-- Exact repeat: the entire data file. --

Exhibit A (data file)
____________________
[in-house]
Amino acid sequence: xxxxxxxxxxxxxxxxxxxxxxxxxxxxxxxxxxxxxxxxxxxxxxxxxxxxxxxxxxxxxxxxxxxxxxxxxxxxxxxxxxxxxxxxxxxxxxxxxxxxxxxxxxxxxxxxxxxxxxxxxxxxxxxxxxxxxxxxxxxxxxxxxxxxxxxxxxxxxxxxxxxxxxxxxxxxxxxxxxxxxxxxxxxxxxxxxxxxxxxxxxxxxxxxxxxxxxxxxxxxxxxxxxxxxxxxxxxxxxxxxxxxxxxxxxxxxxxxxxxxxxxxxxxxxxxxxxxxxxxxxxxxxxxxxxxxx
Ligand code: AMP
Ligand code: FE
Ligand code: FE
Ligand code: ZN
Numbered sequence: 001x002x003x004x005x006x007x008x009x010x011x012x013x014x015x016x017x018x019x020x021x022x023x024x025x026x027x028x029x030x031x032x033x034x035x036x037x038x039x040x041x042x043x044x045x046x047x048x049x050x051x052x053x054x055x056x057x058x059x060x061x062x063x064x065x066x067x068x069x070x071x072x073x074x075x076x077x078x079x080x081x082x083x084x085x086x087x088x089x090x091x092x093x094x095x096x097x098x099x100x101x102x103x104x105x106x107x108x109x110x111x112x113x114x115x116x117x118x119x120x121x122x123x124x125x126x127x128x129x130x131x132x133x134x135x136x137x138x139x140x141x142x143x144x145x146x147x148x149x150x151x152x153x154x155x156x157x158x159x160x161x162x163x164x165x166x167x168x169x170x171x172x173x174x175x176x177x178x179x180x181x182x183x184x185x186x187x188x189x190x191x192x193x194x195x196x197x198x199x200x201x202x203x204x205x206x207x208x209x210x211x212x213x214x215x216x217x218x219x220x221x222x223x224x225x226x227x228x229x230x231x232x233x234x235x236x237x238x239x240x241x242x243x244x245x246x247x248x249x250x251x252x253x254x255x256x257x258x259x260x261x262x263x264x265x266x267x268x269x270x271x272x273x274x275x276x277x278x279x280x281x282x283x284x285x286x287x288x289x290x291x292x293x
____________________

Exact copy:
[in-house]
Amino acid sequence: xxxxxxxxxxxxxxxxxxxxxxxxxxxxxxxxxxxxxxxxxxxxxxxxxxxxxxxxxxxxxxxxxxxxxxxxxxxxxxxxxxxxxxxxxxxxxxxxxxxxxxxxxxxxxxxxxxxxxxxxxxxxxxxxxxxxxxxxxxxxxxxxxxxxxxxxxxxxxxxxxxxxxxxxxxxxxxxxxxxxxxxxxxxxxxxxxxxxxxxxxxxxxxxxxxxxxxxxxxxxxxxxxxxxxxxxxxxxxxxxxxxxxxxxxxxxxxxxxxxxxxxxxxxxxxxxxxxxxxxxxxxxxxxxxxxxx
Ligand code: AMP
Ligand code: FE
Ligand code: FE
Ligand code: ZN
Numbered sequence: 001x002x003x004x005x006x007x008x009x010x011x012x013x014x015x016x017x018x019x020x021x022x023x024x025x026x027x028x029x030x031x032x033x034x035x036x037x038x039x040x041x042x043x044x045x046x047x048x049x050x051x052x053x054x055x056x057x058x059x060x061x062x063x064x065x066x067x068x069x070x071x072x073x074x075x076x077x078x079x080x081x082x083x084x085x086x087x088x089x090x091x092x093x094x095x096x097x098x099x100x101x102x103x104x105x106x107x108x109x110x111x112x113x114x115x116x117x118x119x120x121x122x123x124x125x126x127x128x129x130x131x132x133x134x135x136x137x138x139x140x141x142x143x144x145x146x147x148x149x150x151x152x153x154x155x156x157x158x159x160x161x162x163x164x165x166x167x168x169x170x171x172x173x174x175x176x177x178x179x180x181x182x183x184x185x186x187x188x189x190x191x192x193x194x195x196x197x198x199x200x201x202x203x204x205x206x207x208x209x210x211x212x213x214x215x216x217x218x219x220x221x222x223x224x225x226x227x228x229x230x231x232x233x234x235x236x237x238x239x240x241x242x243x244x245x246x247x248x249x250x251x252x253x254x255x256x257x258x259x260x261x262x263x264x265x266x267x268x269x270x271x272x273x274x275x276x277x278x279x280x281x282x283x284x285x286x287x288x289x290x291x292x293x